With three games to go in the 2016 season, a depressing air of resignation stunk up a seemingly half empty Levi’s Stadium last Sunday as the once-proud 49ers and their rising star Colin Kaepernick suffered another demoralizing setback in what is turning out to be the franchise’s worst season in history.
I have been following Kaepernick since his 2007 freshman season in college – we share the same alma mater, Nevada – and as the only quarterback from the Reno campus who has started a Super Bowl game, he has provided many wonderful moments for a school that has not had many on a national stage.
There is no denying it has been a rough go of it lately for Kaepernick and the 2016 season has been a disaster in many respects, while a revelation in others. Inserted as the starter in the sixth game after requiring three different surgeries in the off-season, Kaepernick stepped in after Blaine Gabbert was ineffective. While he has had a few impressive games, the team Kaepernick took to the Super Bowl in 2012 has not won under him this year. After Sunday’s 23-17 overtime defeat to the New York Jets, the team capped a 12-game losing streak, which is the worst in franchise history.
However, what has really catapulted Kaepernick into the national spotlight has not been his play on the field. Kaepernick’s pre-season decision to kneel during the playing of the national anthem before each game to protest black oppression became a polarizing issue across the country, criticized by the likes of Presidential candidate Donald Trump, Supreme Court Judge Ruth Ginsburg, police officers and war veterans, among others. However, he also received his share of support. President Barack Obama favorably mentioned him by name and other NFL and non-professional players, including former Nevada teammate Denver linebacker Brandon Marshall, publicly supported him by also kneeling. Kaepernick has been the subject of virtually every regular and sports talk show in the country and he has been blamed for being responsible for the NFL’s low early-season TV ratings.
During the height of the controversy, Kaepernick appeared on the Oct. 3 cover of Time magazine. It was not hard remembering the glory days of the 2012-2013 seasons when he made the covers of magazines like Sports Illustrated and ESPN the Magazine (the Perfect Issue, no less) for his exploits on the football field.
As someone who began rooting for the 49ers specifically because of Kaepernick (I grew up a Los Angeles Rams fan, but stopped when they moved to St. Louis in 1995), Kaepernick’s fall has been rough. I was at Mackay Stadium in Reno the frigid night in late November of 2010 when he led Nevada past No. 3-ranked Boise State in a nationally televised ESPN game. It was easily the biggest win in Nevada football history and the best game I have ever seen live.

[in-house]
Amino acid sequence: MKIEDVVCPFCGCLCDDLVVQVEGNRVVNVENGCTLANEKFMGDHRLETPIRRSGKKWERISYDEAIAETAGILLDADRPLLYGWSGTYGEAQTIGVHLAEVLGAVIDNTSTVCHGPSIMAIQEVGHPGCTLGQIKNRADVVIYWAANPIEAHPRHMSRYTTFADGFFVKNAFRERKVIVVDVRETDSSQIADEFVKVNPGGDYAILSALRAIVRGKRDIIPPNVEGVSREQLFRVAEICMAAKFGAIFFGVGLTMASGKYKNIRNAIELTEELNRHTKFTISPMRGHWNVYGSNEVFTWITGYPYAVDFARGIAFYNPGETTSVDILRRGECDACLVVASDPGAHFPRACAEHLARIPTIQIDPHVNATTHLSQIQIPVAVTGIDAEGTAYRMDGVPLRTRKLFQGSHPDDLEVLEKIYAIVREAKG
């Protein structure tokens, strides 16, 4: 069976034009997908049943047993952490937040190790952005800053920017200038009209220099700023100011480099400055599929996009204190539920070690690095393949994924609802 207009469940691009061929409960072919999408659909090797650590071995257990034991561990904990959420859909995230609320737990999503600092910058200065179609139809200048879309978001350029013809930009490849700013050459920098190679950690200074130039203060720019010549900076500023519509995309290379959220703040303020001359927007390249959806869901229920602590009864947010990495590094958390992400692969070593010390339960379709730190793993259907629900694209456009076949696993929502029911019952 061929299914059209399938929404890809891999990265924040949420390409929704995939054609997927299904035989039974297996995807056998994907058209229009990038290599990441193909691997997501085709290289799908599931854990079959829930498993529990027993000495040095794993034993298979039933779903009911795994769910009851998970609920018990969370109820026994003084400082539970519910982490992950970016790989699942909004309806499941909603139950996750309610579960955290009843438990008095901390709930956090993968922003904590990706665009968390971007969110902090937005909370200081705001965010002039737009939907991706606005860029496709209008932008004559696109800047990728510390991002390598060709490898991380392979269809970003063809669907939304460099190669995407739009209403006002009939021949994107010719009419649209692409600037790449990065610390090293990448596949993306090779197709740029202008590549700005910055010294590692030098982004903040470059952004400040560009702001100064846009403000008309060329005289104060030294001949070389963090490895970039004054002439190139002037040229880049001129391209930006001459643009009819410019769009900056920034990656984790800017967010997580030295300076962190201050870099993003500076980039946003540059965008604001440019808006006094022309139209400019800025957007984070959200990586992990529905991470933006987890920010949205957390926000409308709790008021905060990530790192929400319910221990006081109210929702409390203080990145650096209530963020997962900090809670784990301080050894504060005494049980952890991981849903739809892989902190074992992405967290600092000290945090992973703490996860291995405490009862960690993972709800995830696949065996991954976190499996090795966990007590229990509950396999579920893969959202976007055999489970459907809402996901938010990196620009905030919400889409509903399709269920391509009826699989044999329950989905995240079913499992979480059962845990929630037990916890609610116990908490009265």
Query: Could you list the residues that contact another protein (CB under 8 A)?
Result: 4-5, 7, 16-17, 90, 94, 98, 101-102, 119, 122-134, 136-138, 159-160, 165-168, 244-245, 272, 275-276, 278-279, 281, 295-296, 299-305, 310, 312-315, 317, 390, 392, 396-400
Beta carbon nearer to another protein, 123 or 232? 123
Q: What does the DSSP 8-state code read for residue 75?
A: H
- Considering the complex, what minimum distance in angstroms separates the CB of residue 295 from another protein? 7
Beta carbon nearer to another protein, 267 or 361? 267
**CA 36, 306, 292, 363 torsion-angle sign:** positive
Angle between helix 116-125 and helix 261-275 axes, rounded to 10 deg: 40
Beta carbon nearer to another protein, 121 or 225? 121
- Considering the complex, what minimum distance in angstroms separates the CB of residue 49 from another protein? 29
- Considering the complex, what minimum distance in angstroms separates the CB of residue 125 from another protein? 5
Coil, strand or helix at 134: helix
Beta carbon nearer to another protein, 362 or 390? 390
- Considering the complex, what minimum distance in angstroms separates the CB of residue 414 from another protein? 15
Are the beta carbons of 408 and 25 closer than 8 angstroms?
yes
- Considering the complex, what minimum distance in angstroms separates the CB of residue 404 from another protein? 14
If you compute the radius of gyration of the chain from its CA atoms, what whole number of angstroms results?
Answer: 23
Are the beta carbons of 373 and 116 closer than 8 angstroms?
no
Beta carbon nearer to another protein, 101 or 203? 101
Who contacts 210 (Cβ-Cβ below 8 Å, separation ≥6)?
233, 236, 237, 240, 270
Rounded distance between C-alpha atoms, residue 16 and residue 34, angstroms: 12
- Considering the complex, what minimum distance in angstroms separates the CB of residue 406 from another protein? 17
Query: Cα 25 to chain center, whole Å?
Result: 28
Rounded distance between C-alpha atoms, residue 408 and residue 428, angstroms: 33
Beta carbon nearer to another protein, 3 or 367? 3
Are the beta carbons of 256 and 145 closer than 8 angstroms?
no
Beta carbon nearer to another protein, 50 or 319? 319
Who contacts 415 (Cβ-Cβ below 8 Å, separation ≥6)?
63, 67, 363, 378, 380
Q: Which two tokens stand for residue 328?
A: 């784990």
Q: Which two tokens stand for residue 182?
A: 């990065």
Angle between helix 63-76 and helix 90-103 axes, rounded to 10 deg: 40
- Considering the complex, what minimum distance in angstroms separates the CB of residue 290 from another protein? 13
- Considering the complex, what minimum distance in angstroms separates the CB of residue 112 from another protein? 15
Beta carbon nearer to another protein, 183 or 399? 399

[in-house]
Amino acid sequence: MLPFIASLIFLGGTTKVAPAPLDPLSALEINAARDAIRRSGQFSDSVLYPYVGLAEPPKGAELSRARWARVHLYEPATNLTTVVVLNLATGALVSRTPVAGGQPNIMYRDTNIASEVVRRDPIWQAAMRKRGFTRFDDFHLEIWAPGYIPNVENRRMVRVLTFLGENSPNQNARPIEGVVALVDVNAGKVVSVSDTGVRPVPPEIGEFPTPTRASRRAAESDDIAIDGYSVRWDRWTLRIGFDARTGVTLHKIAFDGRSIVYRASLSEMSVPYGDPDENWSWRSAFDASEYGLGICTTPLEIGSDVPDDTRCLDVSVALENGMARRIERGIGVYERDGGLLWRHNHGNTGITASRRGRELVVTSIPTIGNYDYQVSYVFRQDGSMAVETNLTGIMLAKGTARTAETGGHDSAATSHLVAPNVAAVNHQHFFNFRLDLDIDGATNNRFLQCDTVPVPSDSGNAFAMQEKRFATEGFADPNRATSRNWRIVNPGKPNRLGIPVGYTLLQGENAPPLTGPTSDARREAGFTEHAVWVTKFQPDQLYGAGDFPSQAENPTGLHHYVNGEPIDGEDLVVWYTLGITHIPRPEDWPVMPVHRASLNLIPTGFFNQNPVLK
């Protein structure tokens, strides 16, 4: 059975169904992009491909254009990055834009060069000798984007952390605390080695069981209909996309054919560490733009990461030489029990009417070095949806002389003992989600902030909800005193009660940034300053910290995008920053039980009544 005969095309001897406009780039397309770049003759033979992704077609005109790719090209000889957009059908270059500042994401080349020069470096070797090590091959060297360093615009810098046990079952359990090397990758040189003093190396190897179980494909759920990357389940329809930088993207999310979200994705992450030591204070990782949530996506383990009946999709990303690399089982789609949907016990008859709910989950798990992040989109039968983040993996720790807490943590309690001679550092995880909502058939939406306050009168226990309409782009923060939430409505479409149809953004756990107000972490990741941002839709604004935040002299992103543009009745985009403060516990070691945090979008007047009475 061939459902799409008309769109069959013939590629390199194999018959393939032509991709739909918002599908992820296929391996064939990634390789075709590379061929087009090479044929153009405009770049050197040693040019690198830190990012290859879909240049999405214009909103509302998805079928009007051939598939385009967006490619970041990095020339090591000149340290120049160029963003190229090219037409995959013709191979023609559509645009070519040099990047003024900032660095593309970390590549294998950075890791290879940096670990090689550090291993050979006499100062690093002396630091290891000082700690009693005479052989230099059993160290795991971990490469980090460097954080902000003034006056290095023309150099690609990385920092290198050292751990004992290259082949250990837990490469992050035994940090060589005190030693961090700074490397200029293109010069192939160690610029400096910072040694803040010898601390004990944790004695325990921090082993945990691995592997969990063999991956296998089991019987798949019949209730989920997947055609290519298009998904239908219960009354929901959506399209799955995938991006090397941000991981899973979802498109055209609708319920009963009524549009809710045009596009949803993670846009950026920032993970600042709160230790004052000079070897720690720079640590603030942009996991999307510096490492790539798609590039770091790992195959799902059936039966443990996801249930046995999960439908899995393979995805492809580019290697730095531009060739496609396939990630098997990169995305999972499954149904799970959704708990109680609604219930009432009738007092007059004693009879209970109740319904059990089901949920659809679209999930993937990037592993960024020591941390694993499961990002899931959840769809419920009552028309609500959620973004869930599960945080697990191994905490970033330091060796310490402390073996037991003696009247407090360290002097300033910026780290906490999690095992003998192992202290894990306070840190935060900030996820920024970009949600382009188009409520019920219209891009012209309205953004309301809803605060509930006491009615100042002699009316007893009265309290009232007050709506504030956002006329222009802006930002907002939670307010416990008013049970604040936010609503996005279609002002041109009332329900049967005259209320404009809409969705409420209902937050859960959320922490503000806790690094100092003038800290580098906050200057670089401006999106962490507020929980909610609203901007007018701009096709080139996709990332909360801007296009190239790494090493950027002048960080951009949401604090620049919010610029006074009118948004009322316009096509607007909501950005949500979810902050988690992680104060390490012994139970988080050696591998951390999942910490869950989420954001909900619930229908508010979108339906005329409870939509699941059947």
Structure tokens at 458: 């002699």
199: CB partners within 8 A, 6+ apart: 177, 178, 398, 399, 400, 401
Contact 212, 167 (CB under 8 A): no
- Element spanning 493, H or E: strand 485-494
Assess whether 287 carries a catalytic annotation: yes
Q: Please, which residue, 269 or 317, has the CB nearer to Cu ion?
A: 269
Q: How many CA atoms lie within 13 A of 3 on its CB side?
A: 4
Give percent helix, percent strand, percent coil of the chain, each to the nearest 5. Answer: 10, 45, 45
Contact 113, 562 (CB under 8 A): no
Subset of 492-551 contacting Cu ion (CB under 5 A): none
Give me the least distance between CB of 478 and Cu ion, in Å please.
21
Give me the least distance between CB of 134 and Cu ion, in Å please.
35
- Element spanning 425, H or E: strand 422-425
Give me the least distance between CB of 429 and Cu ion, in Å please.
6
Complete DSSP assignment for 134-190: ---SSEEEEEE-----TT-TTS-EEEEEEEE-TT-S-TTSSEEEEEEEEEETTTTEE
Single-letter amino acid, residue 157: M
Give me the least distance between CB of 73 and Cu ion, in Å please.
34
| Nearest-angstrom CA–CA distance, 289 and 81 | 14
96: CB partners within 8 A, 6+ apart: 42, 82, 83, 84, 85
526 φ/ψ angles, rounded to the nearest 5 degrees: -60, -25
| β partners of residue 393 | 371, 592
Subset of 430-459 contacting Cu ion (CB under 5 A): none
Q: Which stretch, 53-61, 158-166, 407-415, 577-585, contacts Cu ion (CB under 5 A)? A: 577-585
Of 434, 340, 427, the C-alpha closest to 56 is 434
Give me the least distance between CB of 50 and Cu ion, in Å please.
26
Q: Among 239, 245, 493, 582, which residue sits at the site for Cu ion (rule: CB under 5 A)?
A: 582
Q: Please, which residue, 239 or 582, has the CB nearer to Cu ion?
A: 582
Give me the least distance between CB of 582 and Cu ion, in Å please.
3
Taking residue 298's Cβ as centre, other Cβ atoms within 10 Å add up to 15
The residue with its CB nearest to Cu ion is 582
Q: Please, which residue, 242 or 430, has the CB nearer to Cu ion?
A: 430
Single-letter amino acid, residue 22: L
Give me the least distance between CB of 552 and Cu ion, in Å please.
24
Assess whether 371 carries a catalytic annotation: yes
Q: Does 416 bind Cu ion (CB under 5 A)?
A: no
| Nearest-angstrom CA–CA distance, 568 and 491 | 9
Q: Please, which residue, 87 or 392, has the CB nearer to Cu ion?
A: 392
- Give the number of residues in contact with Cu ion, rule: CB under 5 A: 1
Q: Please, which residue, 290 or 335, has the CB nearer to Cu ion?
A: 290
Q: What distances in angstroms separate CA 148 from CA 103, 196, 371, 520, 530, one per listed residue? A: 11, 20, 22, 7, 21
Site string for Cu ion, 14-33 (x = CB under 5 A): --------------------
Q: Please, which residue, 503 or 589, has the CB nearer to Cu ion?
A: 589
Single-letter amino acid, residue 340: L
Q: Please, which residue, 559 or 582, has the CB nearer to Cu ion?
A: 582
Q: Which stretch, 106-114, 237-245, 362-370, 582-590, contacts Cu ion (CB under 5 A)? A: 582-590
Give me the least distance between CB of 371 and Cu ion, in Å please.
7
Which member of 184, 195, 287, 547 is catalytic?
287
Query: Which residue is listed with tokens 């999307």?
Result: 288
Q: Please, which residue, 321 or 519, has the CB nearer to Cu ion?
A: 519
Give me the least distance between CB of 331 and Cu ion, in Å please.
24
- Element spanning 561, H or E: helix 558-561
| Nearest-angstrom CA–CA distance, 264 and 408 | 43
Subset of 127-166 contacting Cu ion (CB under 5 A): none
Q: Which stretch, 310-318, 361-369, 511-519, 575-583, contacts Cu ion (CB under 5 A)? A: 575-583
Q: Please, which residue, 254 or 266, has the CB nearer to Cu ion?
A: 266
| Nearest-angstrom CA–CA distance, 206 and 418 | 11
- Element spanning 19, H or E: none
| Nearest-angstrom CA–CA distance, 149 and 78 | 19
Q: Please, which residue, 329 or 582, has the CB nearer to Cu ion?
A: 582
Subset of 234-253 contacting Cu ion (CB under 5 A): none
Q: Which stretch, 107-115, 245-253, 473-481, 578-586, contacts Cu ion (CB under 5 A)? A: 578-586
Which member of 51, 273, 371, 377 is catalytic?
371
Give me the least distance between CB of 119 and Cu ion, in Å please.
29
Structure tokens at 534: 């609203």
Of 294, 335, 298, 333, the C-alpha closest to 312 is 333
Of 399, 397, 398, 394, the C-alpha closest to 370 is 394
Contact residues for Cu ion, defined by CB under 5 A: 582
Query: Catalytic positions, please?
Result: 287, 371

Kaepernick, who was the only player in college football history to pass for over 9,000 yards and rush for over 4,000 yards in a career, ran Coach Chris Ault’s Pistol offense to perfection. Nevada ended up 11-1 and ranked a school-best 11th in the nation that year. Drafted in the second round by San Francisco in 2011, Kaepernick made his Super Bowl run in part by running a modified version of the Pistol, and Ault was everywhere. Nevada grads like myself cheered, me especially, since I was the sports editor of the campus newspaper when Ault started his long run as coach in 1976.
For a moment, it seemed like the future of the Pistol and the Kaepernick prototype able to run it, was the future of the NFL.
Well, that didn’t happen, and the team disintegrated while its embattled coach, Jim Harbaugh, who had so controversially elevated Kaepernick as the starter late in the 2012 season, was let go after a rough 8-8 2013 season.
Kaepernick is now 10-21 as a starter the past 2 ½ seasons and 0-7 this year. It is hard at this point to envision a future in San Francisco for him, but there is so much swirling around about his future it is difficult to know where to start. He can opt out of his contract after this season and can go anywhere he has wanted. One of the storylines going into the Jets’ game was that Kaepernick had recently sold his condo in Santa Clara and purchased a townhouse in Manhattan. Would a long-rumored move to New York be in his future?
On Tuesday, it was reported that Kaepernick took the GRE test, which is required for entrance to many graduate school programs. He’s obviously thinking of his post-NFL future.
But no matter what happens in San Francisco, his NFL career will most likely continue into 2017, and if he stays healthy, he can still run. In just seven games, Kaepernick is second in the league among quarterbacks in total rushing yards, and his 7.6 yards per rush leads everyone. When surrounded by playmakers and a good offensive line, he has shown he can play at a high level.
Still not 30 and with an impressive 4-2 playoff record, Kaepernick knows how to win in the NFL; he just needs a supporting cast around him to do it.
Photos by Steve Martarano